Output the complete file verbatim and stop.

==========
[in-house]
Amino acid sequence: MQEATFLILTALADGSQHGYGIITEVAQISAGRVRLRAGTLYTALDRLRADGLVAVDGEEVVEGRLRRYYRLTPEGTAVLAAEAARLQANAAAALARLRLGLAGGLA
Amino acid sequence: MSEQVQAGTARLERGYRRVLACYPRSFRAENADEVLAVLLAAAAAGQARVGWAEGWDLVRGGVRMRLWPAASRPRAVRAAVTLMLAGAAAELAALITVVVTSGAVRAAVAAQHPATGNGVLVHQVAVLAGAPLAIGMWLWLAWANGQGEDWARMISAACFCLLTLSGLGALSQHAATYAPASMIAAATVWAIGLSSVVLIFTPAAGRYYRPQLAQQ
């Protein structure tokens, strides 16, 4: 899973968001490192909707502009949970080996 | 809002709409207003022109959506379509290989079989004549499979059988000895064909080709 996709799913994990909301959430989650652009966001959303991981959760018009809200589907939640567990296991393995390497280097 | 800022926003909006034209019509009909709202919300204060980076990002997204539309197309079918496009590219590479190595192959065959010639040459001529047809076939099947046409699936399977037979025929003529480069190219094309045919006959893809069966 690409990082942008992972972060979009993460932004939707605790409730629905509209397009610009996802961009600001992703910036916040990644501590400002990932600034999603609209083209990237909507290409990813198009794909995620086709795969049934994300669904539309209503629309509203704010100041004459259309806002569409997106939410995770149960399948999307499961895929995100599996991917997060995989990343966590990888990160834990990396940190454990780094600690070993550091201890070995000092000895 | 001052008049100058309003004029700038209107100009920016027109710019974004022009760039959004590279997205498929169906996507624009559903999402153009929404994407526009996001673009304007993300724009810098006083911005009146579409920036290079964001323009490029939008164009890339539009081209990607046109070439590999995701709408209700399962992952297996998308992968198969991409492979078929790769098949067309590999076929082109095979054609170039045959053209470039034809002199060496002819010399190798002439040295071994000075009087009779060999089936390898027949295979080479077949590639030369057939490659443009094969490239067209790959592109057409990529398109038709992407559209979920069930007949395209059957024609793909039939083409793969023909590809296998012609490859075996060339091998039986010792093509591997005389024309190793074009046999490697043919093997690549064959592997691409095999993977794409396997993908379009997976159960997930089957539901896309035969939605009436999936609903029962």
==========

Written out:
[in-house]
Amino acid sequence: MQEATFLILTALADGSQHGYGIITEVAQISAGRVRLRAGTLYTALDRLRADGLVAVDGEEVVEGRLRRYYRLTPEGTAVLAAEAARLQANAAAALARLRLGLAGGLA
Amino acid sequence: MSEQVQAGTARLERGYRRVLACYPRSFRAENADEVLAVLLAAAAAGQARVGWAEGWDLVRGGVRMRLWPAASRPRAVRAAVTLMLAGAAAELAALITVVVTSGAVRAAVAAQHPATGNGVLVHQVAVLAGAPLAIGMWLWLAWANGQGEDWARMISAACFCLLTLSGLGALSQHAATYAPASMIAAATVWAIGLSSVVLIFTPAAGRYYRPQLAQQ
């Protein structure tokens, strides 16, 4: 899973968001490192909707502009949970080996 | 809002709409207003022109959506379509290989079989004549499979059988000895064909080709 996709799913994990909301959430989650652009966001959303991981959760018009809200589907939640567990296991393995390497280097 | 800022926003909006034209019509009909709202919300204060980076990002997204539309197309079918496009590219590479190595192959065959010639040459001529047809076939099947046409699936399977037979025929003529480069190219094309045919006959893809069966 690409990082942008992972972060979009993460932004939707605790409730629905509209397009610009996802961009600001992703910036916040990644501590400002990932600034999603609209083209990237909507290409990813198009794909995620086709795969049934994300669904539309209503629309509203704010100041004459259309806002569409997106939410995770149960399948999307499961895929995100599996991917997060995989990343966590990888990160834990990396940190454990780094600690070993550091201890070995000092000895 | 001052008049100058309003004029700038209107100009920016027109710019974004022009760039959004590279997205498929169906996507624009559903999402153009929404994407526009996001673009304007993300724009810098006083911005009146579409920036290079964001323009490029939008164009890339539009081209990607046109070439590999995701709408209700399962992952297996998308992968198969991409492979078929790769098949067309590999076929082109095979054609170039045959053209470039034809002199060496002819010399190798002439040295071994000075009087009779060999089936390898027949295979080479077949590639030369057939490659443009094969490239067209790959592109057409990529398109038709992407559209979920069930007949395209059957024609793909039939083409793969023909590809296998012609490859075996060339091998039986010792093509591997005389024309190793074009046999490697043919093997690549064959592997691409095999993977794409396997993908379009997976159960997930089957539901896309035969939605009436999936609903029962």